Company news

April 15, 2013
Back to TopE-mailPrintBookmark and Share

Eli Lilly and Co. wants the city of Indianapolis to give it $30.6 million in tax breaks on a $400 million project that includes a new manufacturing facility and improvements to existing operations downtown. The Metropolitan Development Commission will weigh two Lilly requests for 10-year tax abatements at its meeting at 1 p.m. Wednesday. Over the last several months, the pharmaceuticals giant has rolled out plans for a manufacturing plant southwest of downtown where the firm will manufacture cartridges for insulin. Construction is already under way for the 164,000-square-foot plant on South Harding Street, adjoining Lilly’s existing manufacturing complex known as Lilly Technology Center. Lilly’s investment in the project is estimated at $320 million. In addition, it is planning a new inspection facility that will add another 30,000 square feet to the project, plus renovations to existing buildings on the Lilly Technology Center campus and the Lilly Corporate Center. As a result of the project, the firm said it will be able to retain 175 Indianapolis employees who will earn an average of $30.96 per hour, according to the abatement requests. Over the 10-year period of the two abatements, Lilly still would pay $22.2 million in taxes on the new construction, renovations and equipment.

Matrix-Bio Inc., a Fort Wayne-based diagnostics company, has signed a licensing and marketing agreement for a breast cancer test with New Jersey-based giant Quest Diagnostics. Under the agreement, Quest will have the rights to use metabolic breast cancer biomarkers developed by Matrix-Bio to create a new lab test to detect the recurrence of breast cancer. Quest will co-fund clinical studies with Matrix-Bio and, if those are successful, market the test as a lab service in the United States and other countries. Quest also has the option to pursue an appropriate regulatory pathway for an in vitro diagnostic version of the test. Financial terms of the deal were not disclosed.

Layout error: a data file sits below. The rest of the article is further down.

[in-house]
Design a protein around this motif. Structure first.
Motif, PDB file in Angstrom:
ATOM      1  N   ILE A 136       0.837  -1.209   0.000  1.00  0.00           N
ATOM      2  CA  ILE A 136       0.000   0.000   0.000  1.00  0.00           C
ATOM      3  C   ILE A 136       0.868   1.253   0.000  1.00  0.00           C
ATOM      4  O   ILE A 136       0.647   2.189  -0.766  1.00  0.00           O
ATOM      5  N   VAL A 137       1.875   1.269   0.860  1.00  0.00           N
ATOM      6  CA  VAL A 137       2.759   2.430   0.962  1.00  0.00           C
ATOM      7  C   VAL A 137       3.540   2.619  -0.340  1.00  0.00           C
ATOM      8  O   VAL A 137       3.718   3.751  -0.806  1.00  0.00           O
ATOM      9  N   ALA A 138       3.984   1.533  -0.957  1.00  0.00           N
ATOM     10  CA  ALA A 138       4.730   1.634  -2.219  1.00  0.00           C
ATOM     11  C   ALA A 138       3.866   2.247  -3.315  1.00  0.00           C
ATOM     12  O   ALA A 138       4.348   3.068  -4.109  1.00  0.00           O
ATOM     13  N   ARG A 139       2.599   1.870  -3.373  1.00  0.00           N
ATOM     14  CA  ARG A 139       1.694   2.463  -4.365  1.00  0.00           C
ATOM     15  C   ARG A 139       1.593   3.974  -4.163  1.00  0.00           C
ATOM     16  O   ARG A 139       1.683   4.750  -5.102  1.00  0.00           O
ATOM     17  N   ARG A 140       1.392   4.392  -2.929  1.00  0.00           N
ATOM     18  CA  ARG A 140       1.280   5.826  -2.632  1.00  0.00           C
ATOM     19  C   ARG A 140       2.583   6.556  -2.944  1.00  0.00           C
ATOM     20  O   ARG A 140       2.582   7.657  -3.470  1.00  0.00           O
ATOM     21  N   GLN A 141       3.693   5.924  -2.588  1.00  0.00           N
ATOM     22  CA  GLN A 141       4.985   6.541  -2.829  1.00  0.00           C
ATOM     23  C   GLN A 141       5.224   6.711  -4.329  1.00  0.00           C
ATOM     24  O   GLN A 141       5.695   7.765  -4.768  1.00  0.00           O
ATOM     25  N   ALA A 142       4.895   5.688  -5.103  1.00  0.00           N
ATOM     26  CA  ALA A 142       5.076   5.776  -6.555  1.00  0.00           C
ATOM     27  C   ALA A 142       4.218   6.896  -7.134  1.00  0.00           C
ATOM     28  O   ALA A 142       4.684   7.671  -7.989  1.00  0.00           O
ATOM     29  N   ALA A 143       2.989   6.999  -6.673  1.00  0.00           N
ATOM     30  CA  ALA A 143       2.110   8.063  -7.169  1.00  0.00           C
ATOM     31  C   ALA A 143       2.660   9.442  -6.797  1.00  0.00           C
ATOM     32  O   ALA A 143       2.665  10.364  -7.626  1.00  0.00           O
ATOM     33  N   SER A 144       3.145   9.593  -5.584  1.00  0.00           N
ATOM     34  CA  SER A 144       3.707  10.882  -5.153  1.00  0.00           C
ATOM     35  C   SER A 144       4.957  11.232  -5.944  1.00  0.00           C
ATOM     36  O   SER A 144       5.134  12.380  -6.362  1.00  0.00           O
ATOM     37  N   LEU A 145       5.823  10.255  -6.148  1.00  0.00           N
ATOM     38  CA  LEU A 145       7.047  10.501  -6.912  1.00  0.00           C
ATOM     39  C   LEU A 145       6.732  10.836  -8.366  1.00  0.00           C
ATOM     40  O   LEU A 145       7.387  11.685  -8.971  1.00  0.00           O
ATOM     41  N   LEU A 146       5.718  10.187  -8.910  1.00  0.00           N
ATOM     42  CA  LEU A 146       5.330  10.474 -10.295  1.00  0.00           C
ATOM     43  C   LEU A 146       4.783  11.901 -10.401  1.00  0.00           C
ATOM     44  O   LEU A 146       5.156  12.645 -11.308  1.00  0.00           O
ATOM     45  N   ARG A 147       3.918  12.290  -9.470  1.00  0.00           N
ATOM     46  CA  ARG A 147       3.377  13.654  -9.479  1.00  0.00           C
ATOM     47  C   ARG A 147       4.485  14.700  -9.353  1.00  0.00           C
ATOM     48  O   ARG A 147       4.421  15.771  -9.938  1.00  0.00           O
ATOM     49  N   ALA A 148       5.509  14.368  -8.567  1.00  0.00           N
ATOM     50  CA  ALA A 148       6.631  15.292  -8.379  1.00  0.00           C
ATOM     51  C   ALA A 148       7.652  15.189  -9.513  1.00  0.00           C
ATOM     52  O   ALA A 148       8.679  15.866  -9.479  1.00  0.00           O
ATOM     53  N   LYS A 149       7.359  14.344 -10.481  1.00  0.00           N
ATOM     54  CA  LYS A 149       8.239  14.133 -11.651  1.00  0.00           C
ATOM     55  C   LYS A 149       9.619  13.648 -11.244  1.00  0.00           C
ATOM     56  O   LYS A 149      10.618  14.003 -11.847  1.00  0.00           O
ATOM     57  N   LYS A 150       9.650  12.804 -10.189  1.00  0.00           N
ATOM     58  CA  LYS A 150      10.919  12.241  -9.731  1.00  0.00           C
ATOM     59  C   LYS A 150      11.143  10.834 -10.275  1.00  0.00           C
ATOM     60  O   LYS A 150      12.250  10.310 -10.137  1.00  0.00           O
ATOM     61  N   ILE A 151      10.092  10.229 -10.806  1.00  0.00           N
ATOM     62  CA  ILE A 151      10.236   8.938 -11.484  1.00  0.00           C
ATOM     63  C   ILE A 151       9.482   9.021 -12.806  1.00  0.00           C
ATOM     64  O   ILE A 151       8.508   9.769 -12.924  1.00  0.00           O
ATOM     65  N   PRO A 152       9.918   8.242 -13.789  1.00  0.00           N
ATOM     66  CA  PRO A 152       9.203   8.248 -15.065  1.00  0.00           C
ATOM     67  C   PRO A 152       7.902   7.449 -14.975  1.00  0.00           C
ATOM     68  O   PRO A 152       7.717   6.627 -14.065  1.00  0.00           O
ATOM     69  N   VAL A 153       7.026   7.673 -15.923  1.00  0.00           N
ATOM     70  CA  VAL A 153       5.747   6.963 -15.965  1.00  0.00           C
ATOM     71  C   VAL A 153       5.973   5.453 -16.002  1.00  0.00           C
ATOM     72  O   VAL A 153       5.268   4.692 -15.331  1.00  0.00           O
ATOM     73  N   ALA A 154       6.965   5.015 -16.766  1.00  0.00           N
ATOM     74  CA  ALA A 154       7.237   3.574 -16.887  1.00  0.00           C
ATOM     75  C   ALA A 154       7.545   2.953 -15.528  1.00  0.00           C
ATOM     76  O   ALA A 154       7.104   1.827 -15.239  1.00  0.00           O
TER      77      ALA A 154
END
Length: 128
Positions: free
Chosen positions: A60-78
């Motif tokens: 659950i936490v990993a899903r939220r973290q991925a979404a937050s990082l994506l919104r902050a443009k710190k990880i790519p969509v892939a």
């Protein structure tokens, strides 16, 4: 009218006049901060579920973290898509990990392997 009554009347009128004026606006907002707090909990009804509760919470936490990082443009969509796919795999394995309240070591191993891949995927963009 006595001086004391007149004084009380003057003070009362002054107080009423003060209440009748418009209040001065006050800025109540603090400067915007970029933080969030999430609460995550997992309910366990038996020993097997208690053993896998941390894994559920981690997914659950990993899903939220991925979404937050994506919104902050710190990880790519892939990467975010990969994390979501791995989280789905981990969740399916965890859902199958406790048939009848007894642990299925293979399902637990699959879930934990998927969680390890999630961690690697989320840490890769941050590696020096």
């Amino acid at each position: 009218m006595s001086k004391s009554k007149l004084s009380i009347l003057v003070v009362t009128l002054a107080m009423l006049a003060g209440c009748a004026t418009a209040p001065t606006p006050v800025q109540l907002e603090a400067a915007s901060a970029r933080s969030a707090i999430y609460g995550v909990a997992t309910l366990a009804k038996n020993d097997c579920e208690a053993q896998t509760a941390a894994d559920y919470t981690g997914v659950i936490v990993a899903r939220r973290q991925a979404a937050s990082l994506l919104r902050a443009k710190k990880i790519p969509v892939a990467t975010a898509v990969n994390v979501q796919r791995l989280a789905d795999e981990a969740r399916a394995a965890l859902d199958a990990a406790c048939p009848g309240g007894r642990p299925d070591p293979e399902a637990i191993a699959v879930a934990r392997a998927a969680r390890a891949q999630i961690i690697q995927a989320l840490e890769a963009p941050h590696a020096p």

Two Purdue University professors have received a $3 million grant from the National Institutes of Health to understand why some children grow out of stuttering. They will use their findings to develop a speech therapy screening tool to identify which preschool children are not likely to recover from stuttering and should receive therapy immediately. Professors Anne Smith and Christine Weber-Fox will use the five-year grant to follow 100 children who stutter. Their research, which began with Smith in 1988, has been funded by the NIH's National Institute on Deafness and Other Communication Disorders for more than 25 years and has received more than $13 million in grant awards.

Ball State University's School of Nursing is partnering with Indianapolis-based hospital system Community Health Network to create the Nursing Academy, an accelerated degree program designed to increase the number of registered nurses in Indiana. The Nursing Academy will kick off this fall by offering students classes at Ball State, online and via video conferencing. Its students also will work at Community’s eight hospitals. The Community Health Network Foundation will fund scholarships for the 24 students representing the academy's inaugural class. The academy hopes to ramp up to enroll 48 students each year.


Sponsored by

facebook - twitter on Facebook & Twitter

Follow on TwitterFollow IBJ on Facebook:
Follow on TwitterFollow IBJ's Tweets on these topics:
Subscribe to IBJ
  1. Those of you yelling to deport them all should at least understand that the law allows minors (if not from a bordering country) to argue for asylum. If you don't like the law, you can petition Congress to change it. But you can't blindly scream that they all need to be deported now, unless you want your government to just decide which laws to follow and which to ignore.

  2. 52,000 children in a country with a population of nearly 300 million is decimal dust or a nano-amount of people that can be easily absorbed. In addition, the flow of children from central American countries is decreasing. BL - the country can easily absorb these children while at the same time trying to discourage more children from coming. There is tension between economic concerns and the values of Judeo-Christian believers. But, I cannot see how the economic argument can stand up against the values of the believers, which most people in this country espouse (but perhaps don't practice). The Governor, who is an alleged religious man and a family man, seems to favor the economic argument; I do not see how his position is tenable under the circumstances. Yes, this is a complicated situation made worse by politics but....these are helpless children without parents and many want to simply "ship" them back to who knows where. Where are our Hoosier hearts? I thought the term Hoosier was synonymous with hospitable.

  3. Illegal aliens. Not undocumented workers (too young anyway). I note that this article never uses the word illegal and calls them immigrants. Being married to a naturalized citizen, these people are criminals and need to be deported as soon as humanly possible. The border needs to be closed NOW.

  4. Send them back NOW.

  5. deport now